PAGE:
Researchers at Tufts University Medical Center in Boston recently conducted a study looking at the effects of Tai Chi on fibromyalgia symptoms. Tai Chi (also known as Tai Chi Chuan) is an Eastern form of martial arts that combines meditation, slow, gentle movement, deep breathing and relaxation. It is known for helping with muscle strength, posture, balance, sleep, and coordination.
Study Methods and Results
In this study, 66 patients were randomly assigned to one of two groups. Each group consisted of 33 participants, 88% female and 12% male, with an average age of 50.
- One group took part in a 12-week program of classic Yang-style tai chi consisting of 60-minute sessions twice a week for 12 weeks. This group was also given a DVD so they could practice at home for 20 minutes a day.
- The control group took part in a 12-week wellness education program which included twice weekly stetching exercises.
After 12 weeks, the tai chi group reported clinically and statistically significant improvements including:
- Reduced muscle painkillers
- Improved sleep
- Less depression
- Higher quality of life
- Improved exercise capacity
In the tai chi group, 35% of participants were able to stop taking medications for their fibromyalgia, compared with only 15% in the control group. The tai chi group also performed better on assessments of physical ability, such as the six-minute walk test. After 24 weeks, the reported benefits were significantly sustained. There were no adverse events reported during the study.
Fibromyalgia is usually best managed using a multi-disciplined approach which includes prescription medications, alternative therapies, gentle exercise and lifestyle adaptations. Tai chi would certainly qualify as an excellent exercise and might also be considered an alternative therapy.
A New York Times article reported interviewing one of the participants from the tai chi group in this study. She said she was highly skeptical going into the study, but after 12 weeks her pain had gone down 90 percent. She was so pleased with the results that she continued doing tai chi and has since lost 50 pounds and can walk three to seven miles a day. Impressive results.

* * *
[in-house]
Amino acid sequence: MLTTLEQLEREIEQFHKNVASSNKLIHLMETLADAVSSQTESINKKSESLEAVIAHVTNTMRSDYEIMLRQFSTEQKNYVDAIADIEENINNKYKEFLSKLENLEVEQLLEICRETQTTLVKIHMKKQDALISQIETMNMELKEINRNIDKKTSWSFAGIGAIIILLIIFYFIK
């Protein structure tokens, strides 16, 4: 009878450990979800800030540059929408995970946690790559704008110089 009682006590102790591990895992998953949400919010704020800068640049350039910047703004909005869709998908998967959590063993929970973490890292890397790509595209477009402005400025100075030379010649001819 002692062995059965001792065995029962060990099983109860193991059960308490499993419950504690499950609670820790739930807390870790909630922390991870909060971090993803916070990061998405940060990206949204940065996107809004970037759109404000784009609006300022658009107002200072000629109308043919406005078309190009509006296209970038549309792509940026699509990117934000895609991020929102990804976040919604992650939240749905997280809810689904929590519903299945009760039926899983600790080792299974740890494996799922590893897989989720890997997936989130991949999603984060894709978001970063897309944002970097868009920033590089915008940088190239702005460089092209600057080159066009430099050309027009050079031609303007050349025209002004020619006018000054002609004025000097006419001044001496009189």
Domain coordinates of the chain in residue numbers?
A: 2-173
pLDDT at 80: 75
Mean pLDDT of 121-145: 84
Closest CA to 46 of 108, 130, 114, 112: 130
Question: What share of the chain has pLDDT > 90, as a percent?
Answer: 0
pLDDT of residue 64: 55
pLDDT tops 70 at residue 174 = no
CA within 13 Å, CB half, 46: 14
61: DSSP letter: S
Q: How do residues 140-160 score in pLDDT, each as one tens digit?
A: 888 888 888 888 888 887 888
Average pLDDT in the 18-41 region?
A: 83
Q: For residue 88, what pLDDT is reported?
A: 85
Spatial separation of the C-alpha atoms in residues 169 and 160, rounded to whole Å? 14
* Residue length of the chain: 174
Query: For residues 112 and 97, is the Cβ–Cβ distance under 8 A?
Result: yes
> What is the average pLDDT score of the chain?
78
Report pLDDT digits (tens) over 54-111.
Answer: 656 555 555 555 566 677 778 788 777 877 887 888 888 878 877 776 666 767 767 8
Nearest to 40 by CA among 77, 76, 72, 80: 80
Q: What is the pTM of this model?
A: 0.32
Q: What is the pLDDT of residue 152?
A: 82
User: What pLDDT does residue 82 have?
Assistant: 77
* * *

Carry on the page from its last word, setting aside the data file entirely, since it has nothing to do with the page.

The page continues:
I have personally tried tai chi two different times. Unfortunately I didn't stick with it either time – mainly because I couldn't seem to remember the movements so I could practice on a regular basis and I'm not sure doing it once a week would be all that helpful. But after seeing the results of this study, I think I may look for a tai chi instructional DVD so I can do it at home and give it another try.
My friend Ethel began taking tai chi classes with me five years ago but unlike me, she stuck with it. At 78 years of age, Ethel credits tai chi with keeping her on her feet. (In recent years, the FM has been affecting her legs legs more and more.) When talking about going to her tai chi classes, she said, “I feel like I've kept myself out of a wheelchair.”
If you've tried tai chi, I'd love to hear about your experience. Just click on “Comments” below to share.
Wang, Chenchen, et al. A randomized trial of tai chi for fibromyalgia. New England Journal of Medicine. 2010(Aug); 363:743-754.
Leavitt, SB. Study supports tai chi for fibromyalgia pain. Pain-Topics.org. August 21, 2010.
Belluck, Pam. Tai chi reported to ease fibromyalgia. The New York Times. August 18, 2010.